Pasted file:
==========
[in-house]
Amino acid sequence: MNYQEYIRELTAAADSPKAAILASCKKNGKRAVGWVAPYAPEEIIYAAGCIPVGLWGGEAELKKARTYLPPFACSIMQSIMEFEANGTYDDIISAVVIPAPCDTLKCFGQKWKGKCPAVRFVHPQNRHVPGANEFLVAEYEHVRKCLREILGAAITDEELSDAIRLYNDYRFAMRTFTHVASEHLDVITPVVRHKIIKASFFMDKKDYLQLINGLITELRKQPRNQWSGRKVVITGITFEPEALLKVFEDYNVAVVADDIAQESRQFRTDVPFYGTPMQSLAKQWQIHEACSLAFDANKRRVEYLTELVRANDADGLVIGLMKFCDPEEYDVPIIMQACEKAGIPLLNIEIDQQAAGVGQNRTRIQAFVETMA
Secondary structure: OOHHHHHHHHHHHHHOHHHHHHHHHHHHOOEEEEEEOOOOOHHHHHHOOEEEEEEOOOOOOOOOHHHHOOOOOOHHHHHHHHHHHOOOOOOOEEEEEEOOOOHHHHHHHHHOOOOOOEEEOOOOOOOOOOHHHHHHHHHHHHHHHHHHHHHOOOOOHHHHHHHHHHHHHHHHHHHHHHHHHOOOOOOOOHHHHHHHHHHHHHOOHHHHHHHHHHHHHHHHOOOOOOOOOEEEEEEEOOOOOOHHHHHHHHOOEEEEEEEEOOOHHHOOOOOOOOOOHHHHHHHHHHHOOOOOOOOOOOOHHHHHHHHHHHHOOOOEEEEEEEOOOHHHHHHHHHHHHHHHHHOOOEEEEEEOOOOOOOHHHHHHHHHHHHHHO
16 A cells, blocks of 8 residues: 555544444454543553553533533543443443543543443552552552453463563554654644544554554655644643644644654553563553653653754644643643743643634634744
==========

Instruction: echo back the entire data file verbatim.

[in-house]
Amino acid sequence: MNYQEYIRELTAAADSPKAAILASCKKNGKRAVGWVAPYAPEEIIYAAGCIPVGLWGGEAELKKARTYLPPFACSIMQSIMEFEANGTYDDIISAVVIPAPCDTLKCFGQKWKGKCPAVRFVHPQNRHVPGANEFLVAEYEHVRKCLREILGAAITDEELSDAIRLYNDYRFAMRTFTHVASEHLDVITPVVRHKIIKASFFMDKKDYLQLINGLITELRKQPRNQWSGRKVVITGITFEPEALLKVFEDYNVAVVADDIAQESRQFRTDVPFYGTPMQSLAKQWQIHEACSLAFDANKRRVEYLTELVRANDADGLVIGLMKFCDPEEYDVPIIMQACEKAGIPLLNIEIDQQAAGVGQNRTRIQAFVETMA
Secondary structure: OOHHHHHHHHHHHHHOHHHHHHHHHHHHOOEEEEEEOOOOOHHHHHHOOEEEEEEOOOOOOOOOHHHHOOOOOOHHHHHHHHHHHOOOOOOOEEEEEEOOOOHHHHHHHHHOOOOOOEEEOOOOOOOOOOHHHHHHHHHHHHHHHHHHHHHOOOOOHHHHHHHHHHHHHHHHHHHHHHHHHOOOOOOOOHHHHHHHHHHHHHOOHHHHHHHHHHHHHHHHOOOOOOOOOEEEEEEEOOOOOOHHHHHHHHOOEEEEEEEEOOOHHHOOOOOOOOOOHHHHHHHHHHHOOOOOOOOOOOOHHHHHHHHHHHHOOOOEEEEEEEOOOHHHHHHHHHHHHHHHHHOOOEEEEEEOOOOOOOHHHHHHHHHHHHHHO
16 A cells, blocks of 8 residues: 555544444454543553553533533543443443543543443552552552453463563554654644544554554655644643644644654553563553653653754644643643743643634634744